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Card-index course

Behavioural Ecology

Ecologie comportementale

Responsible Faculty: School of Biology (FBM-BIO)

Teacher(s): Alexandre Roulin

Validity: 2007 -> 2008

No timetable defined.

Course

Autumn semester
14 hours per semester

Teaching language(s): English, French
Public: On written demand
Credits: 1.00, 1.50

Objective

The aim of the field 'Behavioural Ecology' is to understand the adaptive function of any behaviour that evolved under natural selection. The aim of this course is to introduce various topics belonging to Behavioural Ecology including how animals allocate resources in parental care, the evolutionary basis of parent-offspring conflict, mating systems and how individuals resolve trade-offs between fitness components. This course provides the necessary tools to study any animal behaviour in an evolutionary context. For example, we will be able to understand why nestling birds, pups or larvae in some insect species vocalise conspicuously when their parents arrive with food items despite this offspring behaviour tends to attract predators. We will discuss the scientific approach in behavioural ecology which consists in generating hypotheses and testable predictions. We will use examples from the literature, and discussions between the professor and students will take place to examine relevant issues in behavioural ecology. These discussion will demonstrate that the experimental approach is a powerful intellectual way of thinking in Behavioural Ecology.

Content

This theoretical course of 14h compares the different branches of the study of animal behaviour (e.g. ethology vs. behavioural ecology). In this course, we will define Behavioural Ecology, discuss (1) the fact that behaviour can be genetically determined or learned, (2) the importance of kin selection in the evolution of complex social behaviour, (3) the different methods used in behavioural ecology at the level of the individual, population and species, (4) the importance of measuring the costs and benefits of any behaviour, (5) the notion of comportemental strategies, (6) the factors that promote the evolution of group living and cooperation, (7) sexual selection as an evolutionary force having promoted the evolution of mate choice for ornamented partners, (8) the role of sexual conflicts in the evolution of mating systems, and (9) the evolution of communication.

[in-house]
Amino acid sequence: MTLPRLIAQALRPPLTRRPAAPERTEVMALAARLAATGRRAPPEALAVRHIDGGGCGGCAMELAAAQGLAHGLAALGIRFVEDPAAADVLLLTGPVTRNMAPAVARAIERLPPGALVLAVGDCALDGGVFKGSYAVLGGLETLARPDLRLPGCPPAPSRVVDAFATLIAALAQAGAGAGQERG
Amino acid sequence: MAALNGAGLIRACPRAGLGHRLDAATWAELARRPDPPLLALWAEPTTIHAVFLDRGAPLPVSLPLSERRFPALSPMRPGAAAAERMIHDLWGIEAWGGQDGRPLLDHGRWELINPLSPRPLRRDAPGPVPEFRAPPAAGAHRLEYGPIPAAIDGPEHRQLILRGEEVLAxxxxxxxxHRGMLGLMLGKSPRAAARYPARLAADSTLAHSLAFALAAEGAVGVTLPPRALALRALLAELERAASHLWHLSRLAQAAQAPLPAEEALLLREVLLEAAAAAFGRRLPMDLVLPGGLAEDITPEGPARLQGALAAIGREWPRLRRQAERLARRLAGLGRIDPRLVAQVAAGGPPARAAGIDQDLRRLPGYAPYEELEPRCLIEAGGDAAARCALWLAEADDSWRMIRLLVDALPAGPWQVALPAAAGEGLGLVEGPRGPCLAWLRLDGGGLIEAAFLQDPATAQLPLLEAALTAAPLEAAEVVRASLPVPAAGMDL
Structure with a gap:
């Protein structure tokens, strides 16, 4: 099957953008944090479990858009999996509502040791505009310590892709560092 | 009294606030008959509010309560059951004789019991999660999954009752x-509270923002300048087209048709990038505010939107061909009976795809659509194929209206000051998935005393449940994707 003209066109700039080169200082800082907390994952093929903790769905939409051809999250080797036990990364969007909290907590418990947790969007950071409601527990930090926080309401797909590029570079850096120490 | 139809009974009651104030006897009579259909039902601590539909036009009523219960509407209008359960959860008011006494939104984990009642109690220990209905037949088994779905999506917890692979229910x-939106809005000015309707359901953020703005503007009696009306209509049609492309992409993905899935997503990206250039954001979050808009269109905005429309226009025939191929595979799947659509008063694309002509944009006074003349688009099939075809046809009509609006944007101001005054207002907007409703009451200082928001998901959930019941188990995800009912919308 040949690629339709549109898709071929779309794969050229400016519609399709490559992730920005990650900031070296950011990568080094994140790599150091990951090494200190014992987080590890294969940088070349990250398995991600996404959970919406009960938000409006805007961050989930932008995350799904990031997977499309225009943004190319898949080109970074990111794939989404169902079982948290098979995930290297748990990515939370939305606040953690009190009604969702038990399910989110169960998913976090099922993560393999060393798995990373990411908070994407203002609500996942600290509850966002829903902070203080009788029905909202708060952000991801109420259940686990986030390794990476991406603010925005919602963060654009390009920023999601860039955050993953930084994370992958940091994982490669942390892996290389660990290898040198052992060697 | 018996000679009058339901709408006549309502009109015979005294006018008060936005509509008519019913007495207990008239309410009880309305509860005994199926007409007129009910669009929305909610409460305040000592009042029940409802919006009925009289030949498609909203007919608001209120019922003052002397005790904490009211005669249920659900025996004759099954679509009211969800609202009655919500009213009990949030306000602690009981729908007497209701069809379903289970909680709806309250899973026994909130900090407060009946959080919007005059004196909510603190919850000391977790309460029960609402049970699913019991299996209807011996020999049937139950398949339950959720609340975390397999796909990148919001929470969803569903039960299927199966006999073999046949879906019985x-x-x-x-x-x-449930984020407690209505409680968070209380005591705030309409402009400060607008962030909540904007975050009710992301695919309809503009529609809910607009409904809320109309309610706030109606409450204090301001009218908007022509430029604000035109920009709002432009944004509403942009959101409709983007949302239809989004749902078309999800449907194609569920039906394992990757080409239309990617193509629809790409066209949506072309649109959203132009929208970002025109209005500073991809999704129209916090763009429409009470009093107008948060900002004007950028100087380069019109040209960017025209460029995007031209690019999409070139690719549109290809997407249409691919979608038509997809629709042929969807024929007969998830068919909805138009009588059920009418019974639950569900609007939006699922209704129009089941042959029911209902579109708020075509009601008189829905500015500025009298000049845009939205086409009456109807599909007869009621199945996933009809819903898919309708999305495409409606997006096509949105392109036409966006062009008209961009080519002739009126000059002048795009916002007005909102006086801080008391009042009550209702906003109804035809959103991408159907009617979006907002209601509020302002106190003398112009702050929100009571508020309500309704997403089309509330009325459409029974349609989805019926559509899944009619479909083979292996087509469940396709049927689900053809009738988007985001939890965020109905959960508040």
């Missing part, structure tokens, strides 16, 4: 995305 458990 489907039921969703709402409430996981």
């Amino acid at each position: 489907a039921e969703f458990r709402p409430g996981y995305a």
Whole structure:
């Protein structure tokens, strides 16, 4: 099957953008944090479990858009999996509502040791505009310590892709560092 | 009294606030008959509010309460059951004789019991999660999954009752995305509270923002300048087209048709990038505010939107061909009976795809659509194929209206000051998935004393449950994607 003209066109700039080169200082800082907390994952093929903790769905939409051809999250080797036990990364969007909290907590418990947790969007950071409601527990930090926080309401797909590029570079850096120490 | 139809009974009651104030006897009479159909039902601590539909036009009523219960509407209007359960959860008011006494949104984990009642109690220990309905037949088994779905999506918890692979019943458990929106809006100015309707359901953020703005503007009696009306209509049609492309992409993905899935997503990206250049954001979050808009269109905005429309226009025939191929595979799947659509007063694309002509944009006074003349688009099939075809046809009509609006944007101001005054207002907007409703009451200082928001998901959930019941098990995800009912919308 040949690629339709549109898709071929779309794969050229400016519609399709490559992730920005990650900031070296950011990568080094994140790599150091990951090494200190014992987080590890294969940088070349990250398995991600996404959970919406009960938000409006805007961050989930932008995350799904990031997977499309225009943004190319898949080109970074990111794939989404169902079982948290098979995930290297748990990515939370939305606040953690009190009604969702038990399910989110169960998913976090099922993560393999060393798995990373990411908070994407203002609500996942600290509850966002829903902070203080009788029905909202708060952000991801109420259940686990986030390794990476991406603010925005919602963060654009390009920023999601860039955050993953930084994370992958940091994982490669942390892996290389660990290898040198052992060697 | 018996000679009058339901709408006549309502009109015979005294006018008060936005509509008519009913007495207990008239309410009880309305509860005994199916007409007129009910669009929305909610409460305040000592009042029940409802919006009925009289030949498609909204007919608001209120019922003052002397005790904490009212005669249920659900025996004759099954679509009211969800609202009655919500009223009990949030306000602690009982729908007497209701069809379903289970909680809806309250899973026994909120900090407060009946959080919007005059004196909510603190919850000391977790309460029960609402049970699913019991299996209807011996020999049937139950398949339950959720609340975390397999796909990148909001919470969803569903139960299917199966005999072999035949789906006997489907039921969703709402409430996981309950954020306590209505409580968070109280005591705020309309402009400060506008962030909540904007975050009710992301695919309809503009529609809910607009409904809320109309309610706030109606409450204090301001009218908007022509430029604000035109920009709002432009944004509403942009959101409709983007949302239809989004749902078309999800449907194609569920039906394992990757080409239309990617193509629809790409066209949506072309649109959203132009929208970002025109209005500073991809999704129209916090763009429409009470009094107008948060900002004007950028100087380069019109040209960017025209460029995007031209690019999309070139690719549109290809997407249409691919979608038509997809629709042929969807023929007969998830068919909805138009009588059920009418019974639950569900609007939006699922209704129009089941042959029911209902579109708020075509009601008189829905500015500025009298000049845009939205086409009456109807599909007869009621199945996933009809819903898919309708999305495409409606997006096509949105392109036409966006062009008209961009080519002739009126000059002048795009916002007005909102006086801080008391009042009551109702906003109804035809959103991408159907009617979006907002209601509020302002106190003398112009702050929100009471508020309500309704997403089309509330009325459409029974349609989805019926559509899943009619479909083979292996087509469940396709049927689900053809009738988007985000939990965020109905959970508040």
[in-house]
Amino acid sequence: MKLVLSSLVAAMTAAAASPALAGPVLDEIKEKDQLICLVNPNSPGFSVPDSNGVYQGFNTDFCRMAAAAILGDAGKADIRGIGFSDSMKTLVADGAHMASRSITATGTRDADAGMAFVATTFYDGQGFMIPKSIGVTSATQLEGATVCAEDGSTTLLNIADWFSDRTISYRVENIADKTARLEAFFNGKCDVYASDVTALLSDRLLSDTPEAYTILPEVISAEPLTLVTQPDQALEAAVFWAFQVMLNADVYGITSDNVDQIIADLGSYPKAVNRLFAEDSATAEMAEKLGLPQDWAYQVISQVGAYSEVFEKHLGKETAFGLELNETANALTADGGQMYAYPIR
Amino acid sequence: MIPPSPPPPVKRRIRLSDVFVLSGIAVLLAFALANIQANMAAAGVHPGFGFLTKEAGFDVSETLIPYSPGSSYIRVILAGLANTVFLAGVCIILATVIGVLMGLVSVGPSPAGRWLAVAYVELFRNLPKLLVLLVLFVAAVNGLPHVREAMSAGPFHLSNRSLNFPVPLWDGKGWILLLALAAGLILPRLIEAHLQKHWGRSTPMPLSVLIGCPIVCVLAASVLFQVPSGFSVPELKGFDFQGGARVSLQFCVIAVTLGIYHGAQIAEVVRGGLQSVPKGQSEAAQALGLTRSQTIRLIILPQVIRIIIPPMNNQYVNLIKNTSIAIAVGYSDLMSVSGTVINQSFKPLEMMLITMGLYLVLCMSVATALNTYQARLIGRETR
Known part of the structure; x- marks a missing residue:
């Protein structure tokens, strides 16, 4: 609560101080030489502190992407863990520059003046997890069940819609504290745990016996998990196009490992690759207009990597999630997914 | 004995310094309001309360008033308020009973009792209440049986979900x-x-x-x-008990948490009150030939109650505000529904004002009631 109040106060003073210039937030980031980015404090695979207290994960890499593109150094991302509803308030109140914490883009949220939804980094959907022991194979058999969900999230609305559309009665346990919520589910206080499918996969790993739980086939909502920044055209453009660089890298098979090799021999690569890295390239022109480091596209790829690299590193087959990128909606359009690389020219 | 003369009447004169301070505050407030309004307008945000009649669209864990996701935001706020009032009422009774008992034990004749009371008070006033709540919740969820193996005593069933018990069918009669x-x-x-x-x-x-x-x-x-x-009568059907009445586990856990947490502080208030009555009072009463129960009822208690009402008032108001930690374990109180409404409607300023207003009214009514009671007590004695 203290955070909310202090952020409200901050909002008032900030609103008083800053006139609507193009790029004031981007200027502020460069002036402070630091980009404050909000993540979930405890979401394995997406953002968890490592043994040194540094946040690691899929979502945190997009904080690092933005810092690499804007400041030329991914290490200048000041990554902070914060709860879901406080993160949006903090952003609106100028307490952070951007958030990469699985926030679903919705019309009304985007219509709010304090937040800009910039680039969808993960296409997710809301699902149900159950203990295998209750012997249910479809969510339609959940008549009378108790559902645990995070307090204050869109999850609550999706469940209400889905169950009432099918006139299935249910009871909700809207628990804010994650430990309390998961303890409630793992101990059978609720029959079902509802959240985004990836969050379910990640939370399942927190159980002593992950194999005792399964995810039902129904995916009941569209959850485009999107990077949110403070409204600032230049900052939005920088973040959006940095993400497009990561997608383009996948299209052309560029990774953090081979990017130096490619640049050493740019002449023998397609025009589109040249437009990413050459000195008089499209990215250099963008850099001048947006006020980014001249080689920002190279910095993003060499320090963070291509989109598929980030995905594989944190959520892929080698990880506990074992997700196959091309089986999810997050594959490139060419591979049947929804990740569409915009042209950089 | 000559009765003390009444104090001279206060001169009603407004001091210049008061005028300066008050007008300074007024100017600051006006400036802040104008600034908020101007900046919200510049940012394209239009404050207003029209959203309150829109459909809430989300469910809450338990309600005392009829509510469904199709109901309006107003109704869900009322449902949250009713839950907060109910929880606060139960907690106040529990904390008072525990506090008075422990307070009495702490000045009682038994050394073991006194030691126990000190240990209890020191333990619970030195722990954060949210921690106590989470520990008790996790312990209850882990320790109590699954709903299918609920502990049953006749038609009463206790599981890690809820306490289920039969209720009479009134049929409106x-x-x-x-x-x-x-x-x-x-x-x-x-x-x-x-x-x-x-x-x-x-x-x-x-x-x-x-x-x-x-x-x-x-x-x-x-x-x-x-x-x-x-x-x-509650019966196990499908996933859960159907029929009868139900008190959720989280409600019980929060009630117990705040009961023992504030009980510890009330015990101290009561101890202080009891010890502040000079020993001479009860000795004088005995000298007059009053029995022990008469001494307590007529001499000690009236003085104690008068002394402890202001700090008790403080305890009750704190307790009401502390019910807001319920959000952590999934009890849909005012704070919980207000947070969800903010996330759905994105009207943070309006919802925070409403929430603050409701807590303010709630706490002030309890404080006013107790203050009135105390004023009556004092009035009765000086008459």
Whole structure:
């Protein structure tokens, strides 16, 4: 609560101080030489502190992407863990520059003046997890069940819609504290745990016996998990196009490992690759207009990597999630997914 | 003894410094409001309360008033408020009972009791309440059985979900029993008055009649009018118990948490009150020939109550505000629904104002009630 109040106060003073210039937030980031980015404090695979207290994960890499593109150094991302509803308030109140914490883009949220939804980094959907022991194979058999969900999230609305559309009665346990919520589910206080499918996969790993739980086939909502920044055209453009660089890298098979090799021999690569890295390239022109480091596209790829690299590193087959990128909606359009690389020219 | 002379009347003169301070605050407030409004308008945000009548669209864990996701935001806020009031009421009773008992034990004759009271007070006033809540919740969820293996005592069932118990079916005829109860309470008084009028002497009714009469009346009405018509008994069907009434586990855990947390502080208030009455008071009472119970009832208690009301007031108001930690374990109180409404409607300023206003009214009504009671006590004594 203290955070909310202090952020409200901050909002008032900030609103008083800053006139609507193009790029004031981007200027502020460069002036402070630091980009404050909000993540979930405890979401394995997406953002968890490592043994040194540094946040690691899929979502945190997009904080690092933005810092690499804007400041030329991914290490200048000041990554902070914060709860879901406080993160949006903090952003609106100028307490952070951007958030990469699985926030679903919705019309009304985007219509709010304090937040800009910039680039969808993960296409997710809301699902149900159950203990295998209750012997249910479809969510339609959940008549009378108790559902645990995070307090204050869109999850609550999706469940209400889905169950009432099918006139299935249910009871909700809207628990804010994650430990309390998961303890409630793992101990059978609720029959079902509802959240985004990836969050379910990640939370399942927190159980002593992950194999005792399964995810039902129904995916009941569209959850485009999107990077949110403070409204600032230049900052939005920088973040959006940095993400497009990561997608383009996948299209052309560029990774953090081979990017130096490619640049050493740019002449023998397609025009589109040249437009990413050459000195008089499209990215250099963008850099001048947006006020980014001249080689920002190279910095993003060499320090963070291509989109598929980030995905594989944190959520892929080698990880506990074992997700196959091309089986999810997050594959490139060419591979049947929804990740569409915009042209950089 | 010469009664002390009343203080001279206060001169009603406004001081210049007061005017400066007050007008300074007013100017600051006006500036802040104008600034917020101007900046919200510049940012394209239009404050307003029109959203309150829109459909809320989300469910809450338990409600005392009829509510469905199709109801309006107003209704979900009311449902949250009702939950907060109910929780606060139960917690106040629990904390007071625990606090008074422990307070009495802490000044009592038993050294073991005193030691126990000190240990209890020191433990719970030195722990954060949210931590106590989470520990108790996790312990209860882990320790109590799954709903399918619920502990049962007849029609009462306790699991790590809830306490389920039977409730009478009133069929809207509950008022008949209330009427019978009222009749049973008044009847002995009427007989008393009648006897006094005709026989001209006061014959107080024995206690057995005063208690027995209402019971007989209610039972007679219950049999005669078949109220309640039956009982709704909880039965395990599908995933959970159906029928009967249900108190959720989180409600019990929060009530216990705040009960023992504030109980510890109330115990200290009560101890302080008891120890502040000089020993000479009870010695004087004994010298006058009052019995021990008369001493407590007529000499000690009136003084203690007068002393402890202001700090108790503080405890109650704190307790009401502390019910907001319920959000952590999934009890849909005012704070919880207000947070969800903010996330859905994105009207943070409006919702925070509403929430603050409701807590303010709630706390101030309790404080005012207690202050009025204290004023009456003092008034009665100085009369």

A textbook will be delivered to each student.

Bibliography

Un polycopié (en français) est distributé à chaque étudiant en début de cours.


J. R. Krebs & N. B. Davies: An introduction to Behavioural Ecology. Blackwell University Press. 1993, Londres.

E. Danchin, L.-A. Giraldeau, F. Cézilly: Ecologie Comportementale. Sciences SUP. 2005, Paris.

Journeaux scientifiques figurant à la bibliothèque du Biophore ou sur internet (http://perunil.unil.ch/perunil/periodiques/).

Programme requirements

None

Additional information

Aucune

Canton de Vaud
Swiss University
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